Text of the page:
I’m really happy that most people enjoy them. But there are also some concerns. If you look at all the demos, you’ll see that most of them only work correctly in -webkit and some just in Safari. And they also lack a graceful degradation. There are people like Paul or Divya that have been pushing me to make them more cross-browser. Thanks and sorry, for letting you down so often. I can understand that some say: If it’s not cross-browser it doesn’t “count”. And Web Designers have a responsibility and so on..
Well, this is just a hobby for me. I do it only for fun. Doing cross-browser support is the exact opposite of fun. Some might get a kick out of it, but for me, I would just be kicking the wall non-stop. That’s why I usually don’t even try and jump right to the next demo. Or call me lazy, that’s fine too.
But I guess the main reason why all my experiments work best in Safari is the tool I’m using: CSSEdit. If you don’t know about it, there’s one killer feature that changed everything. I would say, if it wasn’t for that feature, I probably would’ve never started doing CSS. It’s the Live Preview! Every change you make in your CSS get’s instantly updated. It’s like Firebug. Because I like to try out new stuff, I don’t know upfront how to do things.. I kinda just throw properties in there and start tweaking the numbers till I get to some interesting result. Without Live Preview, I would have to save the file, switch to the browser, refresh, switch back to the editor and start over. For the basic stuff you get things usually right without having to see a preview, but not if you’re trying to do Photoshop-like styles with CSS. Can you imagine having to save for web your Photoshop design just to see your changes? Insane right? So because CSSEdit uses Safari to render the Live Preview it automatically will work best in Safari, so there you have it.. blame them. ;-)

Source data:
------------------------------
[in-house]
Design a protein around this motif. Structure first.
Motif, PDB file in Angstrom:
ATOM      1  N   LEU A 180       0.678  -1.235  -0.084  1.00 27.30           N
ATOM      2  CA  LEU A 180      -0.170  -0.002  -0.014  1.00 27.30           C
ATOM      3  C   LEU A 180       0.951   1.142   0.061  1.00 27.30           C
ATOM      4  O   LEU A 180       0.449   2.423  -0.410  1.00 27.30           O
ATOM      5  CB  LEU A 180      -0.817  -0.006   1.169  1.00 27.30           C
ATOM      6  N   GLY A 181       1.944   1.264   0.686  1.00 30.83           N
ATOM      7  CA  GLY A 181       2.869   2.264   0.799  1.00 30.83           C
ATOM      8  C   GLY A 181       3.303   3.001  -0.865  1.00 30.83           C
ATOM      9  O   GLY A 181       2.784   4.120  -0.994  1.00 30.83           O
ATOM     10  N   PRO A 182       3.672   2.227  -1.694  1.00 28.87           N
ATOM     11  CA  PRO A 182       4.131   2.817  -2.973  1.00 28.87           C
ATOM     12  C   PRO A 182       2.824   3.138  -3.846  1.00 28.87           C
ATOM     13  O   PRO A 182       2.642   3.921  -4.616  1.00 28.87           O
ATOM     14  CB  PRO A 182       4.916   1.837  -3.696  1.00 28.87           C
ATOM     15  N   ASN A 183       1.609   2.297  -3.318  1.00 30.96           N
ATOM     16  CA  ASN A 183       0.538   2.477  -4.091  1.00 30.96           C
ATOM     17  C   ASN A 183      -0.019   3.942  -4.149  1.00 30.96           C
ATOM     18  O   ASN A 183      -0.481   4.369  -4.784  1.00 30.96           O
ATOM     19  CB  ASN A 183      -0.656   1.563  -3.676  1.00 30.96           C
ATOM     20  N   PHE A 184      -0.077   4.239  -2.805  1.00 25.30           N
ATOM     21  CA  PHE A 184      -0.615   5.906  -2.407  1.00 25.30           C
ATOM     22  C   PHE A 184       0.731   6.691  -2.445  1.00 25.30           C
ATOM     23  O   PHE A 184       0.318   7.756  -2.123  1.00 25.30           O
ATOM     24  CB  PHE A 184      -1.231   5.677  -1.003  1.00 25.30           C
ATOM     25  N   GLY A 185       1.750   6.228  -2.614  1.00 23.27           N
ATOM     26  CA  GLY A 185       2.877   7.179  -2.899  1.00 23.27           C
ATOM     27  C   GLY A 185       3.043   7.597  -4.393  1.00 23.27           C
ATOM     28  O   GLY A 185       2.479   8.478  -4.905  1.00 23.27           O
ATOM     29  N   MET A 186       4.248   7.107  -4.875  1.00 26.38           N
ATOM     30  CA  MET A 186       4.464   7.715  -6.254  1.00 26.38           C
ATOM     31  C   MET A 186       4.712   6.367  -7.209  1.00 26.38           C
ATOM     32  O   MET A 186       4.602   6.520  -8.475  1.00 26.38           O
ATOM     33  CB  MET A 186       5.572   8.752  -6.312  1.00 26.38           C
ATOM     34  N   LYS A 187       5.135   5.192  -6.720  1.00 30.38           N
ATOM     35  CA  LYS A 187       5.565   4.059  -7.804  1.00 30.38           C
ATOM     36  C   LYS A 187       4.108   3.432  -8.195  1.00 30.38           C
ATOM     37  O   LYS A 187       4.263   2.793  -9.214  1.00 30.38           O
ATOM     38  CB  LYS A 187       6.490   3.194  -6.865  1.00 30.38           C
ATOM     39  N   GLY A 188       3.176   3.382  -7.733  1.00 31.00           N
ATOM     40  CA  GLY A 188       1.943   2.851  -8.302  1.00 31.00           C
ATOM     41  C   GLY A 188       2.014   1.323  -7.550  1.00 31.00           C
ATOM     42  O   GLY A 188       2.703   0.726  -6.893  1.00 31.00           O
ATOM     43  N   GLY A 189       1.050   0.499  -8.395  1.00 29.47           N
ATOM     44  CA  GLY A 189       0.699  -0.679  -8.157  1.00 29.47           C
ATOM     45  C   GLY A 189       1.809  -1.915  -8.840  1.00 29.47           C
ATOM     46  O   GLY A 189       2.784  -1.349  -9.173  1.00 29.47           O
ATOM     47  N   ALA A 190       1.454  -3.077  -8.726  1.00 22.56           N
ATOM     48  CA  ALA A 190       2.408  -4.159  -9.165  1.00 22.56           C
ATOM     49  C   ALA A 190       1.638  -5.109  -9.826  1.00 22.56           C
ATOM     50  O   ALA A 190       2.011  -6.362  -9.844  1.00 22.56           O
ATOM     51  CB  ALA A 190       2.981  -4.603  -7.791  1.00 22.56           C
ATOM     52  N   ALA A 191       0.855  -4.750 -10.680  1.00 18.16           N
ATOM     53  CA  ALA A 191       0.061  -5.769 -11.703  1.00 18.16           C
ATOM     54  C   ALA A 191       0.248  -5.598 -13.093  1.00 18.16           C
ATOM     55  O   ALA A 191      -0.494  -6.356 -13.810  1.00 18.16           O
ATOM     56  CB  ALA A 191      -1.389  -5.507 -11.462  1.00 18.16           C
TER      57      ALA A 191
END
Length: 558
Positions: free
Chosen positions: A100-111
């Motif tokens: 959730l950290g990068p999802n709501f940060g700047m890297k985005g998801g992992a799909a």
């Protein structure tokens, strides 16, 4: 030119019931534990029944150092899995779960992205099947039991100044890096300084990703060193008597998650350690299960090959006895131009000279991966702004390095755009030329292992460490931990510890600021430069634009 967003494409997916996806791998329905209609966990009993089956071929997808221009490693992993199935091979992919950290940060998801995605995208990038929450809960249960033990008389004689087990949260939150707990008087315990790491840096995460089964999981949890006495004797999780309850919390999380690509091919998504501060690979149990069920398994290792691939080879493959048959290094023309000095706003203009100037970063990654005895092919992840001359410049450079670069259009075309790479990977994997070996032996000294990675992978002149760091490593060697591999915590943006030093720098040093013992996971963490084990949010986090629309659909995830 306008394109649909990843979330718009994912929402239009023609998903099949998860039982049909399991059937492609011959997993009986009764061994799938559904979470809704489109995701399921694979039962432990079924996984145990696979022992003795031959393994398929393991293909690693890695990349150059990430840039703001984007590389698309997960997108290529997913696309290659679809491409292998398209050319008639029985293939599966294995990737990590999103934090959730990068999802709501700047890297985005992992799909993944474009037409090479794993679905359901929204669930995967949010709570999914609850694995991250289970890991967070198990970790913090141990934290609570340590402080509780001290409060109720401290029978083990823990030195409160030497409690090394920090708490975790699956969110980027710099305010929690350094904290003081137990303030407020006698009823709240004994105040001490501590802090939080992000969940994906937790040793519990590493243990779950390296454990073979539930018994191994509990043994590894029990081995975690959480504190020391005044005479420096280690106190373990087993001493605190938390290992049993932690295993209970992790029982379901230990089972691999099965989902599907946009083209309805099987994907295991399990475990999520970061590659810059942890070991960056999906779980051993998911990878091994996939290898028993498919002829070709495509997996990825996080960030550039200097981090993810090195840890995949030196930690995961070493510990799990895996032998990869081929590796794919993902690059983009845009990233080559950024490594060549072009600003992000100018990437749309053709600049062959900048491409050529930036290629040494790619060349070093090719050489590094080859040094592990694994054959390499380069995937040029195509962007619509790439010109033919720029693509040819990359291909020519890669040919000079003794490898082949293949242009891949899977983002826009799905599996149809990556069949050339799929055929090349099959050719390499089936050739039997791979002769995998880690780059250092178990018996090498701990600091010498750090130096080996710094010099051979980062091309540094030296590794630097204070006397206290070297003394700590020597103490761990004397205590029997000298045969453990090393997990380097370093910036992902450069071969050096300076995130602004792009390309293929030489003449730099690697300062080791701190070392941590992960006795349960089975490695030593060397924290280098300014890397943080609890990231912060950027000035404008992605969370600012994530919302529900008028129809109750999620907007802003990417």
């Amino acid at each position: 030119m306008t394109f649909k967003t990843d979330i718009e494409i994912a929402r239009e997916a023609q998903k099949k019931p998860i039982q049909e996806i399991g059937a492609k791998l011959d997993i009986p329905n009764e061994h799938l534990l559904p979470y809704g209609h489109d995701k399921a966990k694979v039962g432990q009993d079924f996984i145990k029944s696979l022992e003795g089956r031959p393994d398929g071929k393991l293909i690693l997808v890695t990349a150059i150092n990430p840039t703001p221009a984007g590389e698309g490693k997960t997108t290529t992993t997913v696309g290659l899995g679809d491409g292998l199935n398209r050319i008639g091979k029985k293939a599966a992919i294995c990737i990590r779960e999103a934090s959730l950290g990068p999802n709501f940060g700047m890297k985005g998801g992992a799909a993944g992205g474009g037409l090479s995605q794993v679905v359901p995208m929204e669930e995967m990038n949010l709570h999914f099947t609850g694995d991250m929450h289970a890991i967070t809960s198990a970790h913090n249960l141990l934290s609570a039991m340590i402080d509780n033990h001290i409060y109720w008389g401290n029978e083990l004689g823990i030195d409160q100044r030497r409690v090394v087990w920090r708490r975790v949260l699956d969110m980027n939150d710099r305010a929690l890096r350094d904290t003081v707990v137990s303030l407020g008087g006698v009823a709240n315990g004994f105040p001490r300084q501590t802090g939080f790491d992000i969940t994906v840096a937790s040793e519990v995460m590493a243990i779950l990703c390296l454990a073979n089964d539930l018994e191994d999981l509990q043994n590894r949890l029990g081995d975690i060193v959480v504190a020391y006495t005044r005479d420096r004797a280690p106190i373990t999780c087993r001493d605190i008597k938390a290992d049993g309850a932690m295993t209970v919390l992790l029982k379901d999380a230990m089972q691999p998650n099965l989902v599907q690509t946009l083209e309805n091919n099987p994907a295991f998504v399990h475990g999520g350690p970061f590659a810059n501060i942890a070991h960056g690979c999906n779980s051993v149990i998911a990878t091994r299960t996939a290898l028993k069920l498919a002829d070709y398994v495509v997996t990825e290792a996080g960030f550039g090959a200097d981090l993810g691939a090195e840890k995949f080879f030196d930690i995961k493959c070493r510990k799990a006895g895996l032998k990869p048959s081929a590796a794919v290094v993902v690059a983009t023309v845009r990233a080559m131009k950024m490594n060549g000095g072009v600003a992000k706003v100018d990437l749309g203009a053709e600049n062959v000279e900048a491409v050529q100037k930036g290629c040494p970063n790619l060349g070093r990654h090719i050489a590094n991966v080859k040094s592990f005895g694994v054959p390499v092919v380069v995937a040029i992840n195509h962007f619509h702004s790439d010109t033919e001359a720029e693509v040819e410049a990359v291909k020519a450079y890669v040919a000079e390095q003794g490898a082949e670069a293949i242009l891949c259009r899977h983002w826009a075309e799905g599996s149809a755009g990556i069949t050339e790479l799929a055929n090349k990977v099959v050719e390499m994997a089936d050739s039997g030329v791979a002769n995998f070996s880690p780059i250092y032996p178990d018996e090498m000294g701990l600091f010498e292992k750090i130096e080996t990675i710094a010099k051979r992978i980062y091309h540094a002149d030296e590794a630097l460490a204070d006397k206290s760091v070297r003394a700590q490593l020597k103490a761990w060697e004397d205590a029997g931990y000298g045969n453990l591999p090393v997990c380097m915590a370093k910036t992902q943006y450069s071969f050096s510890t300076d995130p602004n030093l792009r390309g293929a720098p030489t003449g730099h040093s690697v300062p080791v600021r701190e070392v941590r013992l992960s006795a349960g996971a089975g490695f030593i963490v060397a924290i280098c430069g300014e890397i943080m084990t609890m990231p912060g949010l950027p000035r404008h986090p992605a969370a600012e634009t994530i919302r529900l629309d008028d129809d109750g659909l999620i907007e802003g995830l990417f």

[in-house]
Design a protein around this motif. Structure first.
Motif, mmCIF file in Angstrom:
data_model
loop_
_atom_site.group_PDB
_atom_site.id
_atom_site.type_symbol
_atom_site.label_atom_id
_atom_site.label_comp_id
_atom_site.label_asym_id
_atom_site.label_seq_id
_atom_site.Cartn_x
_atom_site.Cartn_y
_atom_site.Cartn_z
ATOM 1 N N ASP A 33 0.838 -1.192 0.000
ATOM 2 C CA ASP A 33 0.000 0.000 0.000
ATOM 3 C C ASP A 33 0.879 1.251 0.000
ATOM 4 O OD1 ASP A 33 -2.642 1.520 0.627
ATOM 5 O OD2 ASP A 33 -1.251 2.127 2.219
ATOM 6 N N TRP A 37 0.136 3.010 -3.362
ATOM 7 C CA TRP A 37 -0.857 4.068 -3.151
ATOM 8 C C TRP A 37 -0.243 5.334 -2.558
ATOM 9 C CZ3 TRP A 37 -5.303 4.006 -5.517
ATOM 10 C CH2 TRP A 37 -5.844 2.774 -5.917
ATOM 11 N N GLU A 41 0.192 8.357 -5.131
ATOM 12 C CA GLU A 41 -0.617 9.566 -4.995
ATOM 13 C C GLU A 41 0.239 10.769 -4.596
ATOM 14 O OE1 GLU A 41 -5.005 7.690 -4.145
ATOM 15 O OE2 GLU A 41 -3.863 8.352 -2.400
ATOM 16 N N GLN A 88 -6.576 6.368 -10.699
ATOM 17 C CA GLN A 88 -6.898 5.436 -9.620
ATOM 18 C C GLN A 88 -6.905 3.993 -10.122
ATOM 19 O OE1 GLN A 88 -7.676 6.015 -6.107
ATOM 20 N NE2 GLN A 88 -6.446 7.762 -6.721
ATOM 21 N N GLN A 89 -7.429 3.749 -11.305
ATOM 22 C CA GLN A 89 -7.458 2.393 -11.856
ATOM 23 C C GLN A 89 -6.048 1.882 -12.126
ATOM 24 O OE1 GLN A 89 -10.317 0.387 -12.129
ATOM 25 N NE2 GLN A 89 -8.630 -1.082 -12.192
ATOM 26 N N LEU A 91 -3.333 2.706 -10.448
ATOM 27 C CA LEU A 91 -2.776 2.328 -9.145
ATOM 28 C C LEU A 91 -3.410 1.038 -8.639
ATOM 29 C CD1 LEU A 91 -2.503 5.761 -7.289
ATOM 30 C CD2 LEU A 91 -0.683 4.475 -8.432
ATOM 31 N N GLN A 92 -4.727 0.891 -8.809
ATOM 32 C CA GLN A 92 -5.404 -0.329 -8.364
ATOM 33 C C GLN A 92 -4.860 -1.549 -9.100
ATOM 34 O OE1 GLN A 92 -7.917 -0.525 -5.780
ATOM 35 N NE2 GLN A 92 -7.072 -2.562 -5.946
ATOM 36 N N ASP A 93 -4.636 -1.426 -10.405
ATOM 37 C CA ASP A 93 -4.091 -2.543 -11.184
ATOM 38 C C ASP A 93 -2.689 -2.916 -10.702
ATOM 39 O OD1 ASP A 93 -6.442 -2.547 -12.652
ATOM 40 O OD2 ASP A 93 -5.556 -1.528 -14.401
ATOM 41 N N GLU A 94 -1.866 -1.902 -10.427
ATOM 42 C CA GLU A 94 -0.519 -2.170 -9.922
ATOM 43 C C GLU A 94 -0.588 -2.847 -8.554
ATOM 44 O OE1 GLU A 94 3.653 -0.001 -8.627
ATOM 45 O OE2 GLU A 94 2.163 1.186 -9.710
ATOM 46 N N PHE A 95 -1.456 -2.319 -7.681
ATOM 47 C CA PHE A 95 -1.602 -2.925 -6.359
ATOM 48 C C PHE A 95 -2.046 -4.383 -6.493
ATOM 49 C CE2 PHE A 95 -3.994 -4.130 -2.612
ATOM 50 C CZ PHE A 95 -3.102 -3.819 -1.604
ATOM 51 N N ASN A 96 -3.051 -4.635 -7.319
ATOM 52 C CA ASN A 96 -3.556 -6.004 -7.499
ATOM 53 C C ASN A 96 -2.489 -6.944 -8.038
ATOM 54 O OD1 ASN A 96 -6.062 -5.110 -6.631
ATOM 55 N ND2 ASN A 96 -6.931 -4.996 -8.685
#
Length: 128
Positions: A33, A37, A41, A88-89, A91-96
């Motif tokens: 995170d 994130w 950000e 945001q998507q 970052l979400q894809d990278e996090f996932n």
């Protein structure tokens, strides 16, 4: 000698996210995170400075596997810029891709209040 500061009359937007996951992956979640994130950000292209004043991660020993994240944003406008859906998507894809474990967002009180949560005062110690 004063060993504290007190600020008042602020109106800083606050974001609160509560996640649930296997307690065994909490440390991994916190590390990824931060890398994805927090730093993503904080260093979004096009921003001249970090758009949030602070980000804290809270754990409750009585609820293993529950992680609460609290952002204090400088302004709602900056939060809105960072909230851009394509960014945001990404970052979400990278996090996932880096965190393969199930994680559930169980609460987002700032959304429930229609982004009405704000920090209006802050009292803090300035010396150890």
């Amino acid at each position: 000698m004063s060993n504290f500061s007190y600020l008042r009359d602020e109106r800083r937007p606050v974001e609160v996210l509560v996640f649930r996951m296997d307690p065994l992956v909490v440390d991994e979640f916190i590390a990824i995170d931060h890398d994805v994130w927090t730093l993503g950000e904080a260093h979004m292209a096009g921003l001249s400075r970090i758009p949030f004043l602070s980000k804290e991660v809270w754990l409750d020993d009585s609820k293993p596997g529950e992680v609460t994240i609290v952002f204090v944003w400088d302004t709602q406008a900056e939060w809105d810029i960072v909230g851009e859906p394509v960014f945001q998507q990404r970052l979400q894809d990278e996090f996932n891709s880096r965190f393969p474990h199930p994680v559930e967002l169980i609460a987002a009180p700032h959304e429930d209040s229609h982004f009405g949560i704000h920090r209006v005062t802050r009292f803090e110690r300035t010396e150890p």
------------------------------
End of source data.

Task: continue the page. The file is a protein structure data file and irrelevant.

Unfortunately I’m still waiting desperately till CSSEdit get’s updated to support CSS3. I’m puzzled what they are waiting for, if browsers already start dropping prefixes. They could have such a nice head-start before the big guys like Adobe start to add it. Heck, there are tons of online CSS3 generator tools and there is even and app for the iPad. But nothing for desktop? WTF?
Wait a minute.. online tools. Online? Damn, that’s it! This will solve everything! A complete HTML/CSS editor in the browser with live editing. Something like jsfiddle, but with auto-complete and a GUI. Things like box-shadows, text-shadows, gradients just scream to be manipulated with sliders. But the best part by far.. you could do your cross-browser hacking right there in any browser you want to support. Maybe such an online editor is technically not possible with older browsers? Or extremely hard to do. Or just have limited features. I have no idea. But trying to add all possible web rendering engines into a desktop editor sounds way harder. The term designing in the browser would get a whole new meaning, because you’re literally designing in the browser.
Also all files are kept in the cloud. After doing changes, you could just save it, push it to your live server or commit it to something like GitHub or so. Also some kind of SVN or collaboration feature with co-workers could be build in.
Who is gonna do it? Is somebody already working on it? Is that why CSSEdit doesn’t get updated? Or maybe Adobe? Will they move to a subscription model with a “Dreamweaver Live”? I also would love if 37signals would give it a try. They have the cloud experience, they do web stuff, they have the customers already paying with a subscription model. And how awesome would that be with some integration with their current products. Let’s see.